Liz: Absolutely. Katie is so talented. Her second take just knocked it out of the park.

Anne: Absolutely.

Liz: Hey and Anne, I want to just say something just real quick, just in case. Guys, I’m recording as best I can, but my neighbors decided to chop down and saw down every tree –

Anne: Yeah, I’m hearing that.

Liz: – that they have. And I, there’s nothing I can do about it, and Anne and I are on deadlines, so Carl, I’m sorry!

Anne: [laughs] Carl, Carl will have his, Carl will have his work cut out for him.

Liz: I know, and I’m sorry. So I keep hitting the mute. And guys, listen, don’t hold anybody responsible except me on this. It’s just a, it’s the nuance. I apologize because I can hear it through my headphones. I know you can hear it too. Please forgive me!

Anne: Not a problem. Not a problem. We forgive you, Liz. Awesome. So those, this is our shortlist for Hopscotch. So let’s talk a little bit about Walter.

Liz: Walter!

Anne: Walter will go –

Liz: It was a fun one.

Anne: It was a fun one. We showcased someone last week in our podcast because they had really produced such a unique take, which is what, after listening to 70-some-odd auditions was something that really stood out to us. We wanted to put that into a positive light. And again, going through all of these, there are definitely things that help make your audition stand out. So let’s talk about the Walter spot, shall we?

Liz: Ready.

Anne: Okay, here we go.

>> George Orlando. Aspercreme is odor free so you can have maximum pain relief without that Walter smell. Aspercreme, no pain, no odor. [repeats]

Liz: Okay, so George puts a beep in. That’s not anything you ever need to do. That’s kind of the feedback I gave him. And he doesn’t necessarily vary from read to read. However to me his voice is quintessential ad voice. I really like his voice. And I think, you know, he reads it and I think he’s, could do whatever you wanted him to do, and he’s subtle in the way he says “that Walter smell.”

Anne: Absolutely. There’s so much to be said for subtleness and nuance in your reads. It really does make a difference.

Liz: And it creates, for the person that’s listening, it’s their interpretation, right? But you give them a little nudge about what they could think.

Anne: Exactly, exactly. Choice two for you.

Liz: Okay.

>> Michelle Campbell Jones. Aspercreme is odor free so you can have maximum pain relief without that Walter smell. Aspercreme, no pain, no odor. [repeats]

Liz: You know, I giggle just listening to her again.

Anne: Oh I know. [laughs]

Liz: Both of her reads, you know, were just different and subtle and yes, that’s a second Brit in our top 12. But man oh man oh man, she’s lovely. I thought it was a great read, and I, you know, she’s kind of funny. I just thought she was terrific.

Anne: I agree. I completely agree. You’ll hear why when my selections come up. Here we go, third pick.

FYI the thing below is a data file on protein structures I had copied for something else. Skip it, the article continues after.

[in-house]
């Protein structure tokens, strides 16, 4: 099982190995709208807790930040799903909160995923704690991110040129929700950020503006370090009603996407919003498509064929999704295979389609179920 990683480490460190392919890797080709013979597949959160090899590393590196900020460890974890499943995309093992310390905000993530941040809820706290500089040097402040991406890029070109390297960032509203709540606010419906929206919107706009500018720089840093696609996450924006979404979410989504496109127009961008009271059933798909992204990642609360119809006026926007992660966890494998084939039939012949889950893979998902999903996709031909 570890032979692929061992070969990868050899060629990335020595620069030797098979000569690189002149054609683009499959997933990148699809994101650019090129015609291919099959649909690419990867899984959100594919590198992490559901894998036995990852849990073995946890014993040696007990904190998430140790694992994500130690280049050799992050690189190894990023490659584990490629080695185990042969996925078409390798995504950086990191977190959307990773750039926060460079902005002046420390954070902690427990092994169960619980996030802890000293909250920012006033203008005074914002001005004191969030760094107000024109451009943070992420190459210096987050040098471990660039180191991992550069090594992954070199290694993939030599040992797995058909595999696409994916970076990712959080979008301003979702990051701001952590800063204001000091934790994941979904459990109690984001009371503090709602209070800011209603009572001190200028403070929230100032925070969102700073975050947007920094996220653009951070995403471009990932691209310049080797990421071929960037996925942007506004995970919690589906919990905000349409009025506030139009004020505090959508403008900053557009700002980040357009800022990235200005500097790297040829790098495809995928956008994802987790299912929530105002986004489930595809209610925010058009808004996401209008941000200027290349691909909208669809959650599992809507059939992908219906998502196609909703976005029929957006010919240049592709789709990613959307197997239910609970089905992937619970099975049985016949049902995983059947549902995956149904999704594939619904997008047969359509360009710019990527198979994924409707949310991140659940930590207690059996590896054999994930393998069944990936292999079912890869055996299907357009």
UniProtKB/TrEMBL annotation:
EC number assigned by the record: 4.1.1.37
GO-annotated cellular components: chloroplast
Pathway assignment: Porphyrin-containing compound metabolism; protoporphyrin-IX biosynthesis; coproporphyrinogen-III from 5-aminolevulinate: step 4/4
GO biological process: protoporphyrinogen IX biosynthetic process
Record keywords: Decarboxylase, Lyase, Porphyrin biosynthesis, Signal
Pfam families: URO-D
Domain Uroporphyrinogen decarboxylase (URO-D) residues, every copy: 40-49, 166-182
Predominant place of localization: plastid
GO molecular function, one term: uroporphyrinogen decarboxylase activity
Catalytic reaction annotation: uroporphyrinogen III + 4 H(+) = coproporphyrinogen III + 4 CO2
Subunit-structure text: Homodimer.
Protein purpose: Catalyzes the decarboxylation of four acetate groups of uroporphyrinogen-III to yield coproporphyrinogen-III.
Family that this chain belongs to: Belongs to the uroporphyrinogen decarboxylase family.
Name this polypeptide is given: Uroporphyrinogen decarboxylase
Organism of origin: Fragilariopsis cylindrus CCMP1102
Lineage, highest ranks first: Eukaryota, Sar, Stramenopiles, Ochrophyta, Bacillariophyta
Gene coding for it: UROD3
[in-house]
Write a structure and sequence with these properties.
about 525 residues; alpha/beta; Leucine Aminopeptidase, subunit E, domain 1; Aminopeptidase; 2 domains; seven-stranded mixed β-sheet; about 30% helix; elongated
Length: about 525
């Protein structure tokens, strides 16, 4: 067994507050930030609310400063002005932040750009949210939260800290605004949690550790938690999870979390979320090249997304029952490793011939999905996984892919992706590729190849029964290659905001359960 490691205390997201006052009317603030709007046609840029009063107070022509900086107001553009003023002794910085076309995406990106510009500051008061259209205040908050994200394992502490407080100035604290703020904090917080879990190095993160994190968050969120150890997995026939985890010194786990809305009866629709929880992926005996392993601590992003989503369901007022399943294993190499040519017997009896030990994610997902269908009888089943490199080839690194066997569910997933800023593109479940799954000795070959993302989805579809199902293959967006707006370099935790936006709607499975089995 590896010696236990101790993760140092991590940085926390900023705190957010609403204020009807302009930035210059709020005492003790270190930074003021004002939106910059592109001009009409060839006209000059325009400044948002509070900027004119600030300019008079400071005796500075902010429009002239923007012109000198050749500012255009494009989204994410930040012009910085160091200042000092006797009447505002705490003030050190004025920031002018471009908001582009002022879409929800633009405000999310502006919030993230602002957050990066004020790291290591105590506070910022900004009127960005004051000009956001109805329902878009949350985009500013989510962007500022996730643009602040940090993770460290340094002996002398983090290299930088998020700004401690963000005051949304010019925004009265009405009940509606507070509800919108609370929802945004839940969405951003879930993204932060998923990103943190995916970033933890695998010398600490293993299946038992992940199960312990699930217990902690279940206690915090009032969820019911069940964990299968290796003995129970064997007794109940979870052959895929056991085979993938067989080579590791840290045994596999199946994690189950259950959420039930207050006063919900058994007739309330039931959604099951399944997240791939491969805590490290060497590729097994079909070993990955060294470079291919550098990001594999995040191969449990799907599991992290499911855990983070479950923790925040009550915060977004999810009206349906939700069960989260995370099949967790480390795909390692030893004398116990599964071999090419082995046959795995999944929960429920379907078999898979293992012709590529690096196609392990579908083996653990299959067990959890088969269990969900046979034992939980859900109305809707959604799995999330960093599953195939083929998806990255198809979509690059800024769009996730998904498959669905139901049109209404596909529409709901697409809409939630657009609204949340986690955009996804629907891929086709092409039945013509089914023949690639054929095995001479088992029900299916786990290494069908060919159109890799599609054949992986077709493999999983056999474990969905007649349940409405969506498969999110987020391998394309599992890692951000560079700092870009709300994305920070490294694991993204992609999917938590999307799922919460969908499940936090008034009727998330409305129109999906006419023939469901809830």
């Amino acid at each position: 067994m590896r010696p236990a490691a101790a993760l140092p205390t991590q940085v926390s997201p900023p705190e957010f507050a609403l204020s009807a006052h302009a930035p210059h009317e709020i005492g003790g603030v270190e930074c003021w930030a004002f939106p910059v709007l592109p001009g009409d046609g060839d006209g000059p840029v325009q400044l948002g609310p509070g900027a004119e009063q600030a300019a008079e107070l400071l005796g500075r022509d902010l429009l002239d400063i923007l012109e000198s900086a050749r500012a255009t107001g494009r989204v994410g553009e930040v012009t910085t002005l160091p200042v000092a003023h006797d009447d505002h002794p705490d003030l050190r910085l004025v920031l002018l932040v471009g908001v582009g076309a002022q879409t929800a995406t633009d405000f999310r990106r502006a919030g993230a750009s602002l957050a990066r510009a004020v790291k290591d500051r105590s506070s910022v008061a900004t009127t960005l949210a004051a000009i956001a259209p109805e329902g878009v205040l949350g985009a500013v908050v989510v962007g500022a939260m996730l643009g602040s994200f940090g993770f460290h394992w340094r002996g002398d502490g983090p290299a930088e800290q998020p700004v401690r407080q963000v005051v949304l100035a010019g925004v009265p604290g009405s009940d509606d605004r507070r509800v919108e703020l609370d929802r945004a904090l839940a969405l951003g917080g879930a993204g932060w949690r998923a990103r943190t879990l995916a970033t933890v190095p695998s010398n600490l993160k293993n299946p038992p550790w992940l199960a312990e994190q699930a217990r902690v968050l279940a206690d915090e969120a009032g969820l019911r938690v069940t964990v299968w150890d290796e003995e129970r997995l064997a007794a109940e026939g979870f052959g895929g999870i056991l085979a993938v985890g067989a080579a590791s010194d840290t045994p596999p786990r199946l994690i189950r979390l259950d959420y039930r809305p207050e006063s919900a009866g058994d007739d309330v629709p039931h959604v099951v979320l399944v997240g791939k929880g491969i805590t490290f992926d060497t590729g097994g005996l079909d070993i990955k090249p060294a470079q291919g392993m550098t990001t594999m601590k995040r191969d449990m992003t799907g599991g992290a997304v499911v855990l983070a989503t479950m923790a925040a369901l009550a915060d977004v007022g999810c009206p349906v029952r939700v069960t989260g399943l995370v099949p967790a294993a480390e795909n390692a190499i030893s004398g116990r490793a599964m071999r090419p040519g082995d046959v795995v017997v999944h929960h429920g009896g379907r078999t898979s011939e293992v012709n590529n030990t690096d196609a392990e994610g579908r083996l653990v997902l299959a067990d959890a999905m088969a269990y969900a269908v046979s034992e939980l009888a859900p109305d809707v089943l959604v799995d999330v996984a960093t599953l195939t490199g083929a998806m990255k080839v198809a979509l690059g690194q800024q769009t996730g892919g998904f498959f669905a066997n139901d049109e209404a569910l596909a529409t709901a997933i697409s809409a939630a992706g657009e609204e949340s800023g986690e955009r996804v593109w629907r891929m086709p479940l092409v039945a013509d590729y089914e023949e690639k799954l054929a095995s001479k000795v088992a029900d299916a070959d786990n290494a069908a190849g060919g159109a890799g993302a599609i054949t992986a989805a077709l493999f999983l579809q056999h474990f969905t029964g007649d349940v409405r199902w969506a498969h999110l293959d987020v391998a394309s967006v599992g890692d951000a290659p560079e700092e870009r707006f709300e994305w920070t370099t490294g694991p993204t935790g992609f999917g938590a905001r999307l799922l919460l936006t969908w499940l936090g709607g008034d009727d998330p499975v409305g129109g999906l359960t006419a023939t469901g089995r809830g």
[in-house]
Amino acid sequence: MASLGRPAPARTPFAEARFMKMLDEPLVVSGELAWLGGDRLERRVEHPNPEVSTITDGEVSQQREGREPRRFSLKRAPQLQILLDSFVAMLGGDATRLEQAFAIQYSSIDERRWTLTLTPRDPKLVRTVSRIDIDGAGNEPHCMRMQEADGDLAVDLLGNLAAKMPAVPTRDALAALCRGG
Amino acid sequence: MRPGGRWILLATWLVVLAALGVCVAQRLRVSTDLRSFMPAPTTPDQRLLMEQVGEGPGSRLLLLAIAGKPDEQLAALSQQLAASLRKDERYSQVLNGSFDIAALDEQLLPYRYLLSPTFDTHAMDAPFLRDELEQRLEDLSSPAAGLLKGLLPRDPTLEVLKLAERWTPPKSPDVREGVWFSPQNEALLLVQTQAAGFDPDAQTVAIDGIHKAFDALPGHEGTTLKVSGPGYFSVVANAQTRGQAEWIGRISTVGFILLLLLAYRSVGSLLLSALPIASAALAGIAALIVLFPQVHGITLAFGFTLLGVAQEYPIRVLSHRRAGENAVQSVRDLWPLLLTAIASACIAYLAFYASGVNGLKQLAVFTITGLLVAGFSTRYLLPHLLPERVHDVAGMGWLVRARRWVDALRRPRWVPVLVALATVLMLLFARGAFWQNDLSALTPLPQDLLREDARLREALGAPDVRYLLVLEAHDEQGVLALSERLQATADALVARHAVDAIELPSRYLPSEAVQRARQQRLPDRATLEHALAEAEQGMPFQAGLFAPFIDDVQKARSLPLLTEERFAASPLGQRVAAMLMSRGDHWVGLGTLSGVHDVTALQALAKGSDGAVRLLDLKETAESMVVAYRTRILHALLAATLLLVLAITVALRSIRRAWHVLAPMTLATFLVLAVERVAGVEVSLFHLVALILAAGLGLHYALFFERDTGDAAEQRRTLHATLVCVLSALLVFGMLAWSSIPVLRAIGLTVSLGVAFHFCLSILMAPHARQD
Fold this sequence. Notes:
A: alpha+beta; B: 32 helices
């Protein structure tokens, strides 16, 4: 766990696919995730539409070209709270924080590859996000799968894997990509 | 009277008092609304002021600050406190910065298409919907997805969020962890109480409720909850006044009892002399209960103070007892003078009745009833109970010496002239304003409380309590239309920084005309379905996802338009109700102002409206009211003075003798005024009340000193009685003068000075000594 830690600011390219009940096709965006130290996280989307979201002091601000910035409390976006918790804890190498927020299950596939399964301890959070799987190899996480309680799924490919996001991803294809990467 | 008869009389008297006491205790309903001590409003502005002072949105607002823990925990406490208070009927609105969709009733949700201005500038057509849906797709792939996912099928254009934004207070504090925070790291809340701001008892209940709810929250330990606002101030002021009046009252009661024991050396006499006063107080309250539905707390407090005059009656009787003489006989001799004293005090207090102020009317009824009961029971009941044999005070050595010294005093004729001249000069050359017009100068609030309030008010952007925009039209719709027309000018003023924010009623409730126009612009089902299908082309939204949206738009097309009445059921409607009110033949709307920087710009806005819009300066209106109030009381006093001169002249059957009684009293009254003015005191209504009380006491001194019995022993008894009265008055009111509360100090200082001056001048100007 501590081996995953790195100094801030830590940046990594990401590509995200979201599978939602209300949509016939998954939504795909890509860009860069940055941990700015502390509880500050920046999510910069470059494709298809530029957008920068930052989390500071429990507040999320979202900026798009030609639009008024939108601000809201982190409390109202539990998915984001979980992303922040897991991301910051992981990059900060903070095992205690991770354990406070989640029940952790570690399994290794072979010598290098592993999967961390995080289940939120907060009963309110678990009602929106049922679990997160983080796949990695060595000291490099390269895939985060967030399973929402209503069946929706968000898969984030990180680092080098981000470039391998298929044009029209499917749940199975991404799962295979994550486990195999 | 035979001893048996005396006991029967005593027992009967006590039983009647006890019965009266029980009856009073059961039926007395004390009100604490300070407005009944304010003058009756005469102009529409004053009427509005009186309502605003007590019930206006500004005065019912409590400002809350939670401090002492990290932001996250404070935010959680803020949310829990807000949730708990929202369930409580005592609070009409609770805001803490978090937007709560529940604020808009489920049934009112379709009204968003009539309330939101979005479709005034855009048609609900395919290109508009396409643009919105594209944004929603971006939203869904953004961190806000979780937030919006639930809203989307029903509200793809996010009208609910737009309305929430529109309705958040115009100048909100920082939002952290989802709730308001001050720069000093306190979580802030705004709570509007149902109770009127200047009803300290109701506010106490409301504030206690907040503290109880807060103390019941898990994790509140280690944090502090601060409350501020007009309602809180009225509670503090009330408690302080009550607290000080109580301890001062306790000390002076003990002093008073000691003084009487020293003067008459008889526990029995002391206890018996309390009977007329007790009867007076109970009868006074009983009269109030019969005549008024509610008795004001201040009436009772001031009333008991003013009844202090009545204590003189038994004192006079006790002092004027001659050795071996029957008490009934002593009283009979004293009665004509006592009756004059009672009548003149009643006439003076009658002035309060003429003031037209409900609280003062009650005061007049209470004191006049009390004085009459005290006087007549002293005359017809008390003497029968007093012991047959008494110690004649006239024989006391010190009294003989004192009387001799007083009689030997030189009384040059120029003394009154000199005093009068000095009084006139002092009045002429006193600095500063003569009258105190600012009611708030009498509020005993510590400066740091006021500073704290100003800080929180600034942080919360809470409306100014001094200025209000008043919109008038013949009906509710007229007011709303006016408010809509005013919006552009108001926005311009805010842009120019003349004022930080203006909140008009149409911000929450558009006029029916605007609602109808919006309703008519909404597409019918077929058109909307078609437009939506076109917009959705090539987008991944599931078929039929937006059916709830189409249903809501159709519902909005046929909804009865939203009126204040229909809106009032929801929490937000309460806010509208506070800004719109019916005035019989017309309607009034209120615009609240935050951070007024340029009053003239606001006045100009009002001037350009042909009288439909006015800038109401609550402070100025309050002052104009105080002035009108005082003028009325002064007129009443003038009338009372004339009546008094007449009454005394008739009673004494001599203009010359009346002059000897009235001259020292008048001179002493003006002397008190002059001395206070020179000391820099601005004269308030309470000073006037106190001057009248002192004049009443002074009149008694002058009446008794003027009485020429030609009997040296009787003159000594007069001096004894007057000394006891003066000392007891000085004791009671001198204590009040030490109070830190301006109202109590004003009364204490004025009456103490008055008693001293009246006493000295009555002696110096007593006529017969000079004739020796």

>> Michael Kearns. Aspercreme is odor free so you can have maximum pain relief without that Walter smell. Aspercreme, no pain, no odor. [repeats]

Liz: Now listen to that voice. First of all, it’s unique.

Anne: Yeah.

Liz: It is not your – I mean everybody has got a unique voice, yes, yes. But he’s got this, I don’t know, just a real nice twangish, not Texan, but to it, yet he still sounded conversational. I just think that it’s a terrific voice and it can sell a product.

Anne: I feel like there’s a lot of personality that comes through in that voice.

Liz: Yes.

Anne: Lots of great personality.

Liz: That’s a great way to put it.

Anne: I feel like I know him already which is really cool.

Liz: I know, right?

Anne: All right.

>> Ray Whitbeck. Aspercreme is odor free so you can have maximum pain relief without that Walter smell. Aspercreme, no pain, no odor. [repeats]

Anne: So Ray made me smile with that first Walter interpretation. I’ll tell you what. If you can make your casting director smile, that is really gold.

Liz: Absolutely.

Anne: Especially when there is a spot that calls for the humor in it. I think you really need to kind of play on that humor, whether it be a subtle play on humor or even a more obvious play on the humor, it really needs to be something that’s called out because the copy is asking for it.

Liz: And in some of my feedback to people, I was like smell something that stinks when you’re saying “that Walter smell.” Live it! You know, they don’t have to see you smelling it, but they will see you through their ears.

Anne: Yeah. Then he continued with the second read which was a little more casual and friendly regarding the Walter humor. So it was a little more nuanced. By the way –

Liz: Good choice.

Anne: I think that he has, his soundalike is Wallace Shawn. [laughs] So anybody that’s a –

Liz: Yeah.

Anne: – Wallace Shawn fan, which I am, absolutely. That’s something I would say to throw on your website that there is a sound alike there.

>> Brie Herbert. Aspercreme is odor free so you can have maximum pain relief without that Walter smell. Aspercreme, no pain, no odor. [repeats]

Anne: I loved Brie’s reads, such a cute voice. And here is one that surprised me. And I was thinking again, maybe I wanted some, in my initial brain, I wanted more of a, maybe an older sounding voice, but Brie had a real friendly, went along with the humor of the spot. It’s almost as if you were looking on into the commercial and just really working it well in conjunction with what’s happening on the screen.